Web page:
OPINION | What’s worth celebrating?


What’s worth celebrating?

At this time of year, it’s pretty hard for Americans not to be caught up in seasonal celebrations: Thanksgiving, Christmas, Hanukkah, Kwanza. Any culture or subculture has certain regular events that everyone is expected to participate in. Of course, you don’t have to observe Thanksgiving, but if you don’t you’ll probably be expected to explain why. And if you’re vocal about your disdain for Christmas, you’ll likely be branded a scrooge or a grinch.

For those of a dualistic bent, it could be said that there are two kinds of people in the world: those for whom life consists of a events, and those for whom it’s a series of Events. (Dualism is a slippery slope. It could also be said that the world is made up of those who separate the world into two groups and those who don’t.)

People who live for Events sometimes seem as though they’re merely marking time until the next one occurs. They live a life of anticipation: only __ more days until _______.

Uppercase Event people tend to be good planners. They know who’s going to bring the mashed potatoes and who’s responsible for the pumpkin pie. They make sure there will be enough chairs and place settings.

Uppercase folks are also organized. They make guest lists and seating charts. They know just which box has the outdoor lights and where in the basement it’s stored.

Lowercase event people aren’t necessarily opposed to Events, but they don’t live for them. They’re more laissez-faire than their uppercase counterparts, more comfortable with the spontaneous or extemporaneous or emergent.

Of course, some lowercase folks hate Events. It may be because they don’t like hoopla, or because they think the heightened expectations surrounding Events inevitably lead to disappointment, or because a focus on the destination blinds one to the pleasures of the journey. Or it may be that, like the Grinch, their hearts are two sizes too small.

But even confirmed lowercase people often enjoy a celebration. They might have to be prodded to help get ready for it, but once everybody’s assembled they’re perfectly capable of having a good time. The guy wearing the lampshade isn’t necessarily an Event person.

Lowercase celebrators can learn from the uppercase set: Something doesn’t have to be a major Event to profit from anticipation and planning. Few things that involve two or more people (and celebrations are by definition social) happen by themselves. A thing worth doing is worth doing well.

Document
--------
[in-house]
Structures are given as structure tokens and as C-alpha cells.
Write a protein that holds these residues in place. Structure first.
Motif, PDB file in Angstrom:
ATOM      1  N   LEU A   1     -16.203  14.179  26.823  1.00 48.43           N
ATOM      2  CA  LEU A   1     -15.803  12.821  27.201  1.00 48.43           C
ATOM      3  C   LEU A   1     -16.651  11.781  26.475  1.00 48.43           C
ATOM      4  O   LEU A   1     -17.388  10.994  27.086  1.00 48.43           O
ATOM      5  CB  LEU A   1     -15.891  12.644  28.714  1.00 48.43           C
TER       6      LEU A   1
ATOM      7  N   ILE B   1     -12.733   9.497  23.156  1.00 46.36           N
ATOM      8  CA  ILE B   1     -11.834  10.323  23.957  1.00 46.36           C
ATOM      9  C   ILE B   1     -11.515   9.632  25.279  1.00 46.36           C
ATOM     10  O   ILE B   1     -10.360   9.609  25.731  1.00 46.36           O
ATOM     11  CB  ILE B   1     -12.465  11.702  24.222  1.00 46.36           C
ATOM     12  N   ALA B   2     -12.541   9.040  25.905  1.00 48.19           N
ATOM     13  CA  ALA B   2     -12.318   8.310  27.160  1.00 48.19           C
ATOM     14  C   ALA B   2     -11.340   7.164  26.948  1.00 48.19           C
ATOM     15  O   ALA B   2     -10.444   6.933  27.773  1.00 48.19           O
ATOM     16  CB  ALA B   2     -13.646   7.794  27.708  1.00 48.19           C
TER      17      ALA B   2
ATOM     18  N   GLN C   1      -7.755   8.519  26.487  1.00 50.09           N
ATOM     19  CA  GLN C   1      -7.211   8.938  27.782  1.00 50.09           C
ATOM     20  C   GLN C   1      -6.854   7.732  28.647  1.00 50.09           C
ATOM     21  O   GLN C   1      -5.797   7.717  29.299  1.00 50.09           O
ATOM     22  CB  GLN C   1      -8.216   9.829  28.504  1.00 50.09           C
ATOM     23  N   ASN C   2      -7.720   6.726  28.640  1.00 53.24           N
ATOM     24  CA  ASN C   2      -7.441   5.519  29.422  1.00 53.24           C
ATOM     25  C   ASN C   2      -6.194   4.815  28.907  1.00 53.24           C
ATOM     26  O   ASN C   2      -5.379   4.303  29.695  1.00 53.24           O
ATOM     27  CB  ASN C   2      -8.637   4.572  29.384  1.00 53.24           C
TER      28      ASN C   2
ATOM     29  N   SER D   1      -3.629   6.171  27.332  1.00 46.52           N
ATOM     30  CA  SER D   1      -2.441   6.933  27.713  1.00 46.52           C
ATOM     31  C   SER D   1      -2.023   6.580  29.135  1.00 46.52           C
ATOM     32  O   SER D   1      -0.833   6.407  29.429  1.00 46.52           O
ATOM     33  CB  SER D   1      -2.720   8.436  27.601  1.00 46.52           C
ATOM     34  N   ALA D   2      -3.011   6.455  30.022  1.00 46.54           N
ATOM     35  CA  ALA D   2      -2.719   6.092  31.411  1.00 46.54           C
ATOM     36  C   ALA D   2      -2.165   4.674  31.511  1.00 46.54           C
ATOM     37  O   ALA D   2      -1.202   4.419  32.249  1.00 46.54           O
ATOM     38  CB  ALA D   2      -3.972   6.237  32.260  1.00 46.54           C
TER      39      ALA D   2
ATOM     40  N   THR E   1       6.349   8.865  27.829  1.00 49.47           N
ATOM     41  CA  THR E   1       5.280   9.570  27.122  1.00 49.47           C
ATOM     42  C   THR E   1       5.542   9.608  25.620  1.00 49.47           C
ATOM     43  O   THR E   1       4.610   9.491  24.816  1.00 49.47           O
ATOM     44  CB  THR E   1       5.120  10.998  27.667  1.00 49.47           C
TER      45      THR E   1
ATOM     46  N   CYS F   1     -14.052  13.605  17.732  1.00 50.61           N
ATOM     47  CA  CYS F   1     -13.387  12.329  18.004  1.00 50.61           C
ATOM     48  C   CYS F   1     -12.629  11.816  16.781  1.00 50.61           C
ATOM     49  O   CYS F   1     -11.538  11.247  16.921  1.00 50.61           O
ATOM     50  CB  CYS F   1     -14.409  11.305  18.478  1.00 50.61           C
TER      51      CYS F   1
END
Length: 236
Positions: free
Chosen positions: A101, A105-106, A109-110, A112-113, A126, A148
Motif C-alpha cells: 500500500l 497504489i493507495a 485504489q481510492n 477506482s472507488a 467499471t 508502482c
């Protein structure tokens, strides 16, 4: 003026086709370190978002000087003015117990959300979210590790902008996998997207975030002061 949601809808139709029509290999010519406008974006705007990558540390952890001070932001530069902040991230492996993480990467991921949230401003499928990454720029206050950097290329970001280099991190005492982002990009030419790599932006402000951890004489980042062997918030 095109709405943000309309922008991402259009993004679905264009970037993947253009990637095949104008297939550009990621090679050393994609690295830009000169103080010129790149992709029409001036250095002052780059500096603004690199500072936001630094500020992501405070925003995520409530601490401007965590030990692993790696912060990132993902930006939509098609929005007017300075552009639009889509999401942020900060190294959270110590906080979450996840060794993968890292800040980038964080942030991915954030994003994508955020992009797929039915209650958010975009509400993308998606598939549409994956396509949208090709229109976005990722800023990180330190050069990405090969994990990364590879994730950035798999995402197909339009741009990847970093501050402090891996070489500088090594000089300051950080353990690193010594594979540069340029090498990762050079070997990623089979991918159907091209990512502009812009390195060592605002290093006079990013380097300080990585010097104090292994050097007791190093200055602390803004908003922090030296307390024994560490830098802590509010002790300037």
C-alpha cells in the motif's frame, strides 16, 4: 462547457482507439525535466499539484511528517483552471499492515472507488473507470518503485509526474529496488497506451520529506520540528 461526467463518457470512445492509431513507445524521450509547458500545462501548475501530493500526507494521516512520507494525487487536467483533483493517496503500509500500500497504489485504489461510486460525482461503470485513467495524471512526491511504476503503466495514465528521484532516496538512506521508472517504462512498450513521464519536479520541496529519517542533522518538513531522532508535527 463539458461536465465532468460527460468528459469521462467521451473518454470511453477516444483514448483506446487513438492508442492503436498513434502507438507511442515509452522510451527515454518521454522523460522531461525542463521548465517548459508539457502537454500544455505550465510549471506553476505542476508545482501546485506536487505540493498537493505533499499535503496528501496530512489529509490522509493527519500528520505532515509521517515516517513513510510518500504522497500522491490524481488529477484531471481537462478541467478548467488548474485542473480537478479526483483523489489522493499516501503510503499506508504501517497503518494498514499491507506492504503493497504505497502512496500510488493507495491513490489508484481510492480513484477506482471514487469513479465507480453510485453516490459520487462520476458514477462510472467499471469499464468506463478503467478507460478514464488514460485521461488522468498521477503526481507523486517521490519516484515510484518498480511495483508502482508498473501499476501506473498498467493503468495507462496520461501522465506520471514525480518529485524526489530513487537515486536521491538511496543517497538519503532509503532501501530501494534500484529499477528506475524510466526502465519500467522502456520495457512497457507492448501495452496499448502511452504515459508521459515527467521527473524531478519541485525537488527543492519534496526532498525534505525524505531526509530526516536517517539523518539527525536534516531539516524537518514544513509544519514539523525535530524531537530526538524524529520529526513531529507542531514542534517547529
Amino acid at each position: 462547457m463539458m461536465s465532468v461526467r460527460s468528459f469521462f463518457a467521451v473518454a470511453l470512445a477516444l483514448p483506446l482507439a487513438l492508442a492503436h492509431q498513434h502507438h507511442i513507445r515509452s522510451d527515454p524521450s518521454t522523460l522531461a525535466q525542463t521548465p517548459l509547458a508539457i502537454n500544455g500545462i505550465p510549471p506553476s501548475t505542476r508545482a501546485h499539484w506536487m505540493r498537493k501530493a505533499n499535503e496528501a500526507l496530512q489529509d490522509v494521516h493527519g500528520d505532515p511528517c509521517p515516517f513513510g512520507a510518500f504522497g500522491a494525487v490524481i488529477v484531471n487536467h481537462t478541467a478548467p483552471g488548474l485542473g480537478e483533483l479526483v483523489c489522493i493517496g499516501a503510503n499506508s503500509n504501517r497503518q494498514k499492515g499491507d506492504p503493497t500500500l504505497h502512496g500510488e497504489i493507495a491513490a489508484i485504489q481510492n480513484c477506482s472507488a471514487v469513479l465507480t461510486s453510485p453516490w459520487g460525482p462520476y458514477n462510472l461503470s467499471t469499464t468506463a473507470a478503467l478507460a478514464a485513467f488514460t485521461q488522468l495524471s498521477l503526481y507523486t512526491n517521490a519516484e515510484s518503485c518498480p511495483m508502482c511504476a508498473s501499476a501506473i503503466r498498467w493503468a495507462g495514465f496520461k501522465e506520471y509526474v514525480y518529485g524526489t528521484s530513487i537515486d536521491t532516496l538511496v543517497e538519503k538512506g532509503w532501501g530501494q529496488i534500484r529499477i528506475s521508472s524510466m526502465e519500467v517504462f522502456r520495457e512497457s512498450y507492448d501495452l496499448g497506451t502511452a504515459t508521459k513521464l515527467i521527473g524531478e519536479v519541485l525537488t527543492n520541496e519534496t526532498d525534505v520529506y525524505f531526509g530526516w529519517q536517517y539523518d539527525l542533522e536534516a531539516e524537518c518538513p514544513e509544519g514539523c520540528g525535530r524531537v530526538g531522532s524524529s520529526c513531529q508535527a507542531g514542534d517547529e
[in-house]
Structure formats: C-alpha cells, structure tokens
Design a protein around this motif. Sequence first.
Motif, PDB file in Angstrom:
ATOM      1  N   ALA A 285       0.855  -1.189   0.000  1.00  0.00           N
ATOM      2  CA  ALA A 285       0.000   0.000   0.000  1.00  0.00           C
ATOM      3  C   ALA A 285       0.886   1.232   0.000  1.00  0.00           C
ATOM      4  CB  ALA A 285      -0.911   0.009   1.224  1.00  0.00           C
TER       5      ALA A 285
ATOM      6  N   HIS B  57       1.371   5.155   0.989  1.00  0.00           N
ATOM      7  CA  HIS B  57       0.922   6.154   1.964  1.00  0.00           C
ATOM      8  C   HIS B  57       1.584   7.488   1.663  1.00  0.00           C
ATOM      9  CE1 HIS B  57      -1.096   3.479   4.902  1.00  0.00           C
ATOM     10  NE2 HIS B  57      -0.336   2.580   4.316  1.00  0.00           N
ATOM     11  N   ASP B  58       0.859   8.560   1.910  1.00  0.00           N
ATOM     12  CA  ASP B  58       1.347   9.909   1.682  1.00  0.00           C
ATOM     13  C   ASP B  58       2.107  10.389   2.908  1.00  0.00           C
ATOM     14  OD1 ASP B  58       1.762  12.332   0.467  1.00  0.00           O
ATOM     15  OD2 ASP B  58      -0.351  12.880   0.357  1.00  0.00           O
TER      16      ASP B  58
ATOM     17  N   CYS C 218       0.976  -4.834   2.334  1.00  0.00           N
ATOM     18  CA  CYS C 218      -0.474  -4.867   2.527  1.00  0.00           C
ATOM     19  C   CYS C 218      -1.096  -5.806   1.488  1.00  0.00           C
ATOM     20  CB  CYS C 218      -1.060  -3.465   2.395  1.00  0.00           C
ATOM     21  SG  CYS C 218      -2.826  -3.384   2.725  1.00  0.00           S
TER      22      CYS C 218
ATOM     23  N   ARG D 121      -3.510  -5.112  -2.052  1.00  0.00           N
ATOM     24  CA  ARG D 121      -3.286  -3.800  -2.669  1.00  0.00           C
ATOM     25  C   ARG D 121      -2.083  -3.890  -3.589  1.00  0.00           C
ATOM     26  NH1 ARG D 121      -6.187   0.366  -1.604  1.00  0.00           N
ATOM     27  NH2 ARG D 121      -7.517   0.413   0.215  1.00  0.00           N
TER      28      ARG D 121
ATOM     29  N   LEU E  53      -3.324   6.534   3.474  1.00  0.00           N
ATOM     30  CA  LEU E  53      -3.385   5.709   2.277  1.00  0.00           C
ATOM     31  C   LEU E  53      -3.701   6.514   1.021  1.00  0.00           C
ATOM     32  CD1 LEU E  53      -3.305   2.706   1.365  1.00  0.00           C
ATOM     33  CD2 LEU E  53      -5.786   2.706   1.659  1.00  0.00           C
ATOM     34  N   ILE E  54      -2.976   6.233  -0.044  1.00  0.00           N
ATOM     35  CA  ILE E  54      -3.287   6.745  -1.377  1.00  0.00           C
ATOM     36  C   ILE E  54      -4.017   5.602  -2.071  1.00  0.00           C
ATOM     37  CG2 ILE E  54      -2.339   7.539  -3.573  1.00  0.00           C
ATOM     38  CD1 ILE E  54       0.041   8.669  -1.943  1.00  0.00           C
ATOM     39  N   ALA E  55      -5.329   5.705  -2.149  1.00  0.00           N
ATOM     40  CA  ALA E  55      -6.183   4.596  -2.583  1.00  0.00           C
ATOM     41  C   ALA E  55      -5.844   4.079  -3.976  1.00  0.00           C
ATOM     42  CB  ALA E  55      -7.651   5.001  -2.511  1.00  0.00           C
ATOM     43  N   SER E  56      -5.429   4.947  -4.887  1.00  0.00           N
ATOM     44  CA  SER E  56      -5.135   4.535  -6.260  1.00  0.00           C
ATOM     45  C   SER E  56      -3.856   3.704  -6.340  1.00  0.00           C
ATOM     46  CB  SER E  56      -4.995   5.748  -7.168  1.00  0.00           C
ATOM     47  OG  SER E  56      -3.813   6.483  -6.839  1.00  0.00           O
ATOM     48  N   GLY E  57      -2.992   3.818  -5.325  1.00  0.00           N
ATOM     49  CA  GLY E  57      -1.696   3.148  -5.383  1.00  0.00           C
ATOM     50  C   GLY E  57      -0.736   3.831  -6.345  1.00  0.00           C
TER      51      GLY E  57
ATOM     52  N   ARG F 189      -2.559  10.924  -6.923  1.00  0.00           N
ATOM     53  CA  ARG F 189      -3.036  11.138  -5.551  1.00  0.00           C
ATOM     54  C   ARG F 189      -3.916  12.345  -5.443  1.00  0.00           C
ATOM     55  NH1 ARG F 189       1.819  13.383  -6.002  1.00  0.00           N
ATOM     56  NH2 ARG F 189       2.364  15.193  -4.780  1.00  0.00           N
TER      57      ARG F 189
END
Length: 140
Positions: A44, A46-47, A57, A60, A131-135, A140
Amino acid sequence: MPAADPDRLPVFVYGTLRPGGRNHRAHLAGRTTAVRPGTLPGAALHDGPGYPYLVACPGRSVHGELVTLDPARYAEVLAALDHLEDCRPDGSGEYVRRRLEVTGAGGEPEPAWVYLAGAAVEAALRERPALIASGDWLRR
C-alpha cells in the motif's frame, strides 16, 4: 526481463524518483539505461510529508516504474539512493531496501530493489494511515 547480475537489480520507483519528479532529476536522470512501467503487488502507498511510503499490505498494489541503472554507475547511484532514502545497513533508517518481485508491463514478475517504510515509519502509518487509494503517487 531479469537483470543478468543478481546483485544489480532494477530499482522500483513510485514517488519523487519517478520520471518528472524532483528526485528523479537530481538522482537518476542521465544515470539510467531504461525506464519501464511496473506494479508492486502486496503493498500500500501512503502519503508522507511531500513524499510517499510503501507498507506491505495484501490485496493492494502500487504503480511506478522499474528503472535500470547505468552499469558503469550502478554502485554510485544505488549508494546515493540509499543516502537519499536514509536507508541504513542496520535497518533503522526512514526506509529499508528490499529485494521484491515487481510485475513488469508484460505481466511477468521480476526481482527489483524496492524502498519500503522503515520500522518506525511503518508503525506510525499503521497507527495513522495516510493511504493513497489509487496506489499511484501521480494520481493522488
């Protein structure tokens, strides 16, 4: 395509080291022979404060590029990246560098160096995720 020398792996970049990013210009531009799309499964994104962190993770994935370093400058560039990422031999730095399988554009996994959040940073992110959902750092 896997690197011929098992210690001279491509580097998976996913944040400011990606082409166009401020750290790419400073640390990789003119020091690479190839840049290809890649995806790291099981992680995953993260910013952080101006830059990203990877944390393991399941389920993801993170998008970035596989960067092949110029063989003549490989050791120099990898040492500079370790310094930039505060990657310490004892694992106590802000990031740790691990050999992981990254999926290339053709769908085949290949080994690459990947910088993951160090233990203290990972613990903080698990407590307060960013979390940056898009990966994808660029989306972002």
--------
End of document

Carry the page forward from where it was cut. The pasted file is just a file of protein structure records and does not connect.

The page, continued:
But uppercasers can also learn from lowercasers: Some of the best things in life can’t be planned. Organization can stifle creativity. In assembling trees, one can miss the forest.

The most memorable events often include the unexpected: The time the oven died just when you were going to put the turkey in and you had to call around and find someone who had room for an extra bird. The time the power went out and the party had to be conducted by candlelight.

Unless you live under a rock, it would be impossible to forget about Christmas. Indeed, the “Christmas season” seems to start earlier every year, leading cynics to wonder if we need a new holiday song titled “The Twelve Months of Christmas.”

Other celebratory occasions can be missed, however: the spouse who forgets an anniversary; the son or daughter who neglects to send mom a birthday card.

But there’s another category of missed opportunities to celebrate, and it’s one that could involve both Events people and events people. The world is charged with grandeur. Day to day pours forth speech, and night to night reveals knowledge. But often the voice is not heard.

Uppercasers can miss the still small voice because it’s not loud enough; they hear only the capital E. Lowercasers might hear all the voices but come to think that none is more important than another.

Both groups need to remember that life presents many opportunities for celebration – that, in the words of local singer/songwriter Peter Mayer, everything is holy.